PCR testing is used to diagnose the U.S. pandemic. But, it’s not always better for spreading the virus in everyday life or for traveling. It can take up to 1-3 days for PCR results to be available. This allows for transmission while the results are being analyzed and for travelers, it misses the window. The sensitive PCR test can give positive results that can be visible for up to a month after the person has been declared non-infectious. This can lead to unnecessary quarantines and isolations, and may unnecessarily affect travel plans over long periods. A rapid antigen test gives people the ability to quickly isolate and take appropriate action, especially if they remain infected.

Important is the testing after you have entered.

Another important question to ask is “what if you’re negative when you get on the flight, but you become positive days after you land?” While some countries like China have a required substantial quarantine periods for travelers arriving from international destinations, that is not feasible in the U.S. The Biden Administration could recommend additional testing within the first week of arrival, in addition to pre-flight screening. The test could be administered to each traveler along with an e-health proctor for five days. Reports will then be provided. This could be made possible by providing five tests within minutes of arrival at the U.S. airport. As soon as an individual passes through passport control, they could be registered. A rapid test would show a positive result. If the test was not performed, an automatic message with a reminder would be generated reminding the individual to take the test again or to quarantine. Although the program needs to be adjusted to meet compliance requirements, these technologies can reduce the likelihood of new variants being introduced into the U.S.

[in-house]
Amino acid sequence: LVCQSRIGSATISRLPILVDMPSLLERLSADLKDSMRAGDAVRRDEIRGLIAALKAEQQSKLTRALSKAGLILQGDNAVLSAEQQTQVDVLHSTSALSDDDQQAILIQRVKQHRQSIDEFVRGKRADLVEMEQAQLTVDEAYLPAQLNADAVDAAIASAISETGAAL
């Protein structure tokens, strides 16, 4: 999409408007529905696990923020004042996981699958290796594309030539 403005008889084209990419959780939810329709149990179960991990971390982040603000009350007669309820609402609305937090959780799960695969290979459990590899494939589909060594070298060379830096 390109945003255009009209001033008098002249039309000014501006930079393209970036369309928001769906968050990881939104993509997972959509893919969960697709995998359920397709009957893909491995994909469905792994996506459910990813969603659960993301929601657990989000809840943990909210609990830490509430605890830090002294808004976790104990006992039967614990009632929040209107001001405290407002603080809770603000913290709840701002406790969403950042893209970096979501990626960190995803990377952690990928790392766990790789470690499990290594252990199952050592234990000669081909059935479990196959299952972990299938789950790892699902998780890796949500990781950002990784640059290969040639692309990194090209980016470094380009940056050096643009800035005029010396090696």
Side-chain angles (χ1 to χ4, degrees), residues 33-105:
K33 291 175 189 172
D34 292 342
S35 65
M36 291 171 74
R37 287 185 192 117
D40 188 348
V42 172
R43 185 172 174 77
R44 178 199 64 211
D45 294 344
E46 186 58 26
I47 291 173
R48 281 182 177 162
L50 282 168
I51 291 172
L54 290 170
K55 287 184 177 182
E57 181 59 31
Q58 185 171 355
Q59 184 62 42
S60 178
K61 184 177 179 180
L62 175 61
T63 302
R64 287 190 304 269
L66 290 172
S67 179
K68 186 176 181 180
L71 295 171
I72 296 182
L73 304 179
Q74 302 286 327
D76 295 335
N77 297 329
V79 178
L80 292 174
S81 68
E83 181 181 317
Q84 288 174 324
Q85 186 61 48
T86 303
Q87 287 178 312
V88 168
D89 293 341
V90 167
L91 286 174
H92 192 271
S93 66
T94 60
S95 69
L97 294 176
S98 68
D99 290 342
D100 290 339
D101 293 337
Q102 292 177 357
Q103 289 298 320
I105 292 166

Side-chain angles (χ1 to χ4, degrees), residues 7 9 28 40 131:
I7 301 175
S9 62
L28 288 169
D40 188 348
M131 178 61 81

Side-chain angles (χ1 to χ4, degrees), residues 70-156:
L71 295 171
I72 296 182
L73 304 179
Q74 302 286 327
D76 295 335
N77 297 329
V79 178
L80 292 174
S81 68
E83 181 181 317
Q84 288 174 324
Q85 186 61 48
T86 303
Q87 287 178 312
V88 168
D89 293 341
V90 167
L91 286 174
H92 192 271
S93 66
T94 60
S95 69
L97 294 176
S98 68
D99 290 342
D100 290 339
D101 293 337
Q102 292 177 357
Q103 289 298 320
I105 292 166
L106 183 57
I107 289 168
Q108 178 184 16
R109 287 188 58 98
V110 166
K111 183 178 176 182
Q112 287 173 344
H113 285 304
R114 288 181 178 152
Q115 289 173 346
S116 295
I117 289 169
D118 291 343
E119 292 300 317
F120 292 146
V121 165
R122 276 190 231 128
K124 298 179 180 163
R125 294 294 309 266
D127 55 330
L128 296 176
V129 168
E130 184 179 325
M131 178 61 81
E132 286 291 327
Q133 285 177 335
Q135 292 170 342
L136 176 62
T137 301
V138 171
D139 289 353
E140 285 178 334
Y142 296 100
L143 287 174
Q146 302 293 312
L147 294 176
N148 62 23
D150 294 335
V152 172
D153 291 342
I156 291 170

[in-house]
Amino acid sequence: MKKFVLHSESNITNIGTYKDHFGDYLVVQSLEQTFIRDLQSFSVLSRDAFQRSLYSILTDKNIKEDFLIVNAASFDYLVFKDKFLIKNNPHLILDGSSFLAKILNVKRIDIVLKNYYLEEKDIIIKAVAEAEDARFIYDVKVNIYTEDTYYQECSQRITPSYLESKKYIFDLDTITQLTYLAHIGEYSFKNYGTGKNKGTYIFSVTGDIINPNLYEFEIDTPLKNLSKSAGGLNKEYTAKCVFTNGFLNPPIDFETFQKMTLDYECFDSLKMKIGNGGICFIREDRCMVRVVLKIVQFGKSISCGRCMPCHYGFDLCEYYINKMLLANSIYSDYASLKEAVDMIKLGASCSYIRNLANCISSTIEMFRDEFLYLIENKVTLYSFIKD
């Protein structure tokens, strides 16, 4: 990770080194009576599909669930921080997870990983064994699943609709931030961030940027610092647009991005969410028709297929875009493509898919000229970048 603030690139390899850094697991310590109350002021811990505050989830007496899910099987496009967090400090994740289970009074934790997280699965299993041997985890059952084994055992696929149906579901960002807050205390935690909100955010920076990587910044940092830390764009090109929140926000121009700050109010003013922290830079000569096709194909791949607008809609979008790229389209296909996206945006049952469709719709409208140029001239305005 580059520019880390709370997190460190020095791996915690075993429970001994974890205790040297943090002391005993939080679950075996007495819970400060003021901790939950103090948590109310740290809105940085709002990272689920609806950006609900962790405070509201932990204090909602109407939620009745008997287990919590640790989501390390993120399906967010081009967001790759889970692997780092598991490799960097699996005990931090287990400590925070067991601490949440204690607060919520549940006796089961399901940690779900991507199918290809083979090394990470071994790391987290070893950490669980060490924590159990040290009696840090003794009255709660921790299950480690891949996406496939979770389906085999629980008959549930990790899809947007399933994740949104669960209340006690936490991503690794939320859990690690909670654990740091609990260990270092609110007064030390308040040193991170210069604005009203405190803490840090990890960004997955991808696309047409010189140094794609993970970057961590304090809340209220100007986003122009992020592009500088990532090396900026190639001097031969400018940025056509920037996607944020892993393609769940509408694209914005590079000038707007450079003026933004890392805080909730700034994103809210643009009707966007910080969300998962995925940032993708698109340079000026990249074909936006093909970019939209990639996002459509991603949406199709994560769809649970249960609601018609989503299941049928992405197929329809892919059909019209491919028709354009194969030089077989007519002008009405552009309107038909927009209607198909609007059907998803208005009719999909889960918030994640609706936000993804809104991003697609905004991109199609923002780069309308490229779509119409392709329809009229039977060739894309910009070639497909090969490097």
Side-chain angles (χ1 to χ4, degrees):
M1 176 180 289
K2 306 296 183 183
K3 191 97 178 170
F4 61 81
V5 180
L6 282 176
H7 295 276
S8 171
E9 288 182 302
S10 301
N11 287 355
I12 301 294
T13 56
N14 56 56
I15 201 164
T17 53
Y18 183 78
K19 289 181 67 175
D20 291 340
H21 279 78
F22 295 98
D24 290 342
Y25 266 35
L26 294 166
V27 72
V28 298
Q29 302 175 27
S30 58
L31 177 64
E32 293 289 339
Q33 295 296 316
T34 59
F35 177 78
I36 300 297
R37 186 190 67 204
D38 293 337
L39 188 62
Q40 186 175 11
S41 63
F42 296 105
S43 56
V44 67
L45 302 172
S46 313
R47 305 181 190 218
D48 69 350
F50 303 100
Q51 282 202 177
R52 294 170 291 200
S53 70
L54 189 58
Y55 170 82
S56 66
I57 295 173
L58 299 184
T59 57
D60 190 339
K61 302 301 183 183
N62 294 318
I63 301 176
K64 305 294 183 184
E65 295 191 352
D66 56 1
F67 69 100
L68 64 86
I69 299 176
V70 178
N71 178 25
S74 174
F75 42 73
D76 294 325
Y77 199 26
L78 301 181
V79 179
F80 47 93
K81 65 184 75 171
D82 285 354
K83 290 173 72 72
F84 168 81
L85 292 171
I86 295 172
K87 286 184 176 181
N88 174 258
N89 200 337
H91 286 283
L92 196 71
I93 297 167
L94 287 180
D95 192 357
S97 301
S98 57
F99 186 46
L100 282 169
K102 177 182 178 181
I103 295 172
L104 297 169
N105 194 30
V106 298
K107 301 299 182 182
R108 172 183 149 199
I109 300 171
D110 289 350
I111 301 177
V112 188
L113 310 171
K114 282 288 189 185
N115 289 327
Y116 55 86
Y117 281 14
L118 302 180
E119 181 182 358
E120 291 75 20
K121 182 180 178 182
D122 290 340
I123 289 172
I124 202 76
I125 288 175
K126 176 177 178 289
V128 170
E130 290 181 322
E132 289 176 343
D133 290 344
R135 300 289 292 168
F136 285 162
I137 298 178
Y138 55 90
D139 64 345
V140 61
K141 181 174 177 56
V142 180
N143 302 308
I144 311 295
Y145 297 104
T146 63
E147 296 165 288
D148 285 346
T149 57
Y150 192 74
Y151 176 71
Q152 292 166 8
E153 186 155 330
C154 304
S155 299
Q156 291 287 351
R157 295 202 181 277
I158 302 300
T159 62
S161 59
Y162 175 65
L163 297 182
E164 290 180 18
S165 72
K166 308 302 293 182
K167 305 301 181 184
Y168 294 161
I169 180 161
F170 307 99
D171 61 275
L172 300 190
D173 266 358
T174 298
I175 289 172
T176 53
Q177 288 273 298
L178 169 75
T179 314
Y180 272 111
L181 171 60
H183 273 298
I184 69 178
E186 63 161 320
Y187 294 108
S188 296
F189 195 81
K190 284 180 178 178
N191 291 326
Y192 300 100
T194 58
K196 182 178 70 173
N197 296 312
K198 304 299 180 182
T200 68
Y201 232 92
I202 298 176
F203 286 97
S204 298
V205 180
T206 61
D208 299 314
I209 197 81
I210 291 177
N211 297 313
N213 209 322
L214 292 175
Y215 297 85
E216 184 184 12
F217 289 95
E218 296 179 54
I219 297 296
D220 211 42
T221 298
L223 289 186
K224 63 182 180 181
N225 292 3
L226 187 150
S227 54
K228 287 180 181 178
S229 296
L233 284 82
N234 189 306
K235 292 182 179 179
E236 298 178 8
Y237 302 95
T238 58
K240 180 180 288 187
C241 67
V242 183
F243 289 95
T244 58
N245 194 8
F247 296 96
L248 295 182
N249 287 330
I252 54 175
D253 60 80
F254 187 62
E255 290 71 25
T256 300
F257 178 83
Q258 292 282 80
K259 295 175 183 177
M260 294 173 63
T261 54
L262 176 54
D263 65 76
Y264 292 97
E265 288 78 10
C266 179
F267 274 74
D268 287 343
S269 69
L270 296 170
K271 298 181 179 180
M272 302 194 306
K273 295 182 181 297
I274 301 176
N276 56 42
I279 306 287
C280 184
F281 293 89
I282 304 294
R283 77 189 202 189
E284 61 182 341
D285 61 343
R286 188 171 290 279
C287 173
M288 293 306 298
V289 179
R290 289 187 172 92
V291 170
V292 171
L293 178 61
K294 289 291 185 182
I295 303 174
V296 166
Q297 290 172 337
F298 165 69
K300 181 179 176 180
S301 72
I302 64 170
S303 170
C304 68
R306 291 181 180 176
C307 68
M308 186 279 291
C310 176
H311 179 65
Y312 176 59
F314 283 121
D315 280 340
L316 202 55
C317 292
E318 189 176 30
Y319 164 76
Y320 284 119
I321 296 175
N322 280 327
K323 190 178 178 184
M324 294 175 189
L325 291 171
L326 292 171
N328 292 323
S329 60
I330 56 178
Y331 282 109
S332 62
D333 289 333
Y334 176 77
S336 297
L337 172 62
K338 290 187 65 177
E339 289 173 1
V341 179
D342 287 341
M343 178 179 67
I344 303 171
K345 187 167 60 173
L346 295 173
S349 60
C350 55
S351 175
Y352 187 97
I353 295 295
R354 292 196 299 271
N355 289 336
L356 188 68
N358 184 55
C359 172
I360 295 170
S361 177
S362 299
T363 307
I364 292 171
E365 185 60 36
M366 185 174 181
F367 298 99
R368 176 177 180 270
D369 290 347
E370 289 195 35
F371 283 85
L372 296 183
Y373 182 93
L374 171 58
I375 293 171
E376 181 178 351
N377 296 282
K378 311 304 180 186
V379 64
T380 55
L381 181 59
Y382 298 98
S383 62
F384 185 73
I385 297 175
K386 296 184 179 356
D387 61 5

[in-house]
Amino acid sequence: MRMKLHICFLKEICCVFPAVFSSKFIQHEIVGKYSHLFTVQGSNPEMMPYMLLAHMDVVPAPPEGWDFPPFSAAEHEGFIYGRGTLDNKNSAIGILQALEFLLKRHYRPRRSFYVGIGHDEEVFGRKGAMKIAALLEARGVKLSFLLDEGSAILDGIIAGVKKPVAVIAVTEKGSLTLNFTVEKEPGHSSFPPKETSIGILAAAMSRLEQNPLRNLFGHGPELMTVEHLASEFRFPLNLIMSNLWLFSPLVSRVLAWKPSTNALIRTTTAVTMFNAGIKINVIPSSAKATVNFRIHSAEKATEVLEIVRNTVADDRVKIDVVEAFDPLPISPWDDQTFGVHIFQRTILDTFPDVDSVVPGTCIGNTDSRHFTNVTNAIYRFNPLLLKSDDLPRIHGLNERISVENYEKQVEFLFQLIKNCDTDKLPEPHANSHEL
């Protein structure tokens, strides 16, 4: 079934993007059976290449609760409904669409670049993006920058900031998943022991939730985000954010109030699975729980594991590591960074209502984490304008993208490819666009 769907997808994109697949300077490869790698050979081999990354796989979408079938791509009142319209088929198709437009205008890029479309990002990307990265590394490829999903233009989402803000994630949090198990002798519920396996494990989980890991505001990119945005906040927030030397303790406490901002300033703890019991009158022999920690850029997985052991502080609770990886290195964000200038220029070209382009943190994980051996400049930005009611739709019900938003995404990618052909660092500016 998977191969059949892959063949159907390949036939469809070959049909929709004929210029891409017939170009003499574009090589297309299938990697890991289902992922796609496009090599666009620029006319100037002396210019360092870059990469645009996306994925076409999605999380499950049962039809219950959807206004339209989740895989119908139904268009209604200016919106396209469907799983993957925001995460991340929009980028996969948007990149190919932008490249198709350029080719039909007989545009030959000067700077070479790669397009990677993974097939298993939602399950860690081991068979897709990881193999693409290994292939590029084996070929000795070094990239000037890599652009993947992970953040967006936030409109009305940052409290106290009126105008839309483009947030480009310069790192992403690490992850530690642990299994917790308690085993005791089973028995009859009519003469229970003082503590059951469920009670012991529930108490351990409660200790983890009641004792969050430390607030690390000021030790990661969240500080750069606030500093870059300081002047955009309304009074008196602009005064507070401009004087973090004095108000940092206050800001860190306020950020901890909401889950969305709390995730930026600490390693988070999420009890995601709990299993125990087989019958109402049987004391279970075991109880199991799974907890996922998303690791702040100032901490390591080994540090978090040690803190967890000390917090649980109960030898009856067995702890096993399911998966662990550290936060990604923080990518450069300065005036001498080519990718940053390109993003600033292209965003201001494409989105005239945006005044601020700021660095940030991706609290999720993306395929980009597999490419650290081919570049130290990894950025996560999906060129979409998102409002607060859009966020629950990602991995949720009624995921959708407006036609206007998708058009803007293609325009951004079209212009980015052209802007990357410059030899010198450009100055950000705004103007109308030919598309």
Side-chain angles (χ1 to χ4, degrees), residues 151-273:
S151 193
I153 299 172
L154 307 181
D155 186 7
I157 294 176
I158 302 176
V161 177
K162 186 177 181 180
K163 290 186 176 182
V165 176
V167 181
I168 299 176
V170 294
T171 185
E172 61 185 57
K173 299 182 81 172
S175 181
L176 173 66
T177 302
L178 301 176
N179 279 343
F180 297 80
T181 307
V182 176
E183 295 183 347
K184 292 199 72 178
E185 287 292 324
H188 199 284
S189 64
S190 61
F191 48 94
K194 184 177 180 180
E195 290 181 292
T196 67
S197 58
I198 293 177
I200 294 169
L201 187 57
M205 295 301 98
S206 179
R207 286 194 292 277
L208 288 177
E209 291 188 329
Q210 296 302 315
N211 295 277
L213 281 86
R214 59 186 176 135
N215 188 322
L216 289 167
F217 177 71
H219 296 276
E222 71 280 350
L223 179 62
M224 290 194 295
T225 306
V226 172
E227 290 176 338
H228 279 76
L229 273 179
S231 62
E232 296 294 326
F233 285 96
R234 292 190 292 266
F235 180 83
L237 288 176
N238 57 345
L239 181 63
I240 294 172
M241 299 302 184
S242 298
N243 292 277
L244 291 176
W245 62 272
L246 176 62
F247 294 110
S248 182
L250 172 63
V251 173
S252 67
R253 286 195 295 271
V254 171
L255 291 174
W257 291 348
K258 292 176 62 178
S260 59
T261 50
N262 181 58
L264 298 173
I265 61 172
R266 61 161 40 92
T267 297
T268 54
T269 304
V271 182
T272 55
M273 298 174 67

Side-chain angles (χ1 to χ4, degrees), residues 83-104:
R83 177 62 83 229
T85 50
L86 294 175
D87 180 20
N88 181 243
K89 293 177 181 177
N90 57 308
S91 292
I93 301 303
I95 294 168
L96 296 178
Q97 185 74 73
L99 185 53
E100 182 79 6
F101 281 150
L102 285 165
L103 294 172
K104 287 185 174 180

How about the fully vaccinated?

There’s a lot of discussion about whether those who are fully vaccinated should have to take a test before travel. There’s a good reason everyone needs to test regardless of their vaccination status. This is because vaccines can be very effective in preventing disease and death but not as efficient at stopping the spread of the virus. Unfortunately, a few months post vaccination, the vaccine’s ability to stop the transmission of the virus is significantly reduced. It is important that those who have been vaccinated participate in other strategies to reduce spread.

Omicron is proving to spread more quickly than the other varieties among people vaccinated. It is more likely that Omicron is intrinsically more contagious and has unique combinations of mutations which make it more vulnerable to overcoming previously acquired immunity.

This is what we use to track, diagnose and test the virus. This is the cornerstone of pandemic management for medicine and public healthcare. Testing must be available, quick, affordable, effective and work quickly to determine who is at highest risk for spreading the virus. The combination of telehealth with at-home rapid test can make it possible to quickly diagnose and initiate antiviral medication in an efficient timeframe. A robust testing program will ensure that we can safely travel and open our borders. Omicron has quickly become a significant threat to our war against this virus. Although it is not the last variant of the virus, rapid testing can be used to help limit its spread and plan for the next.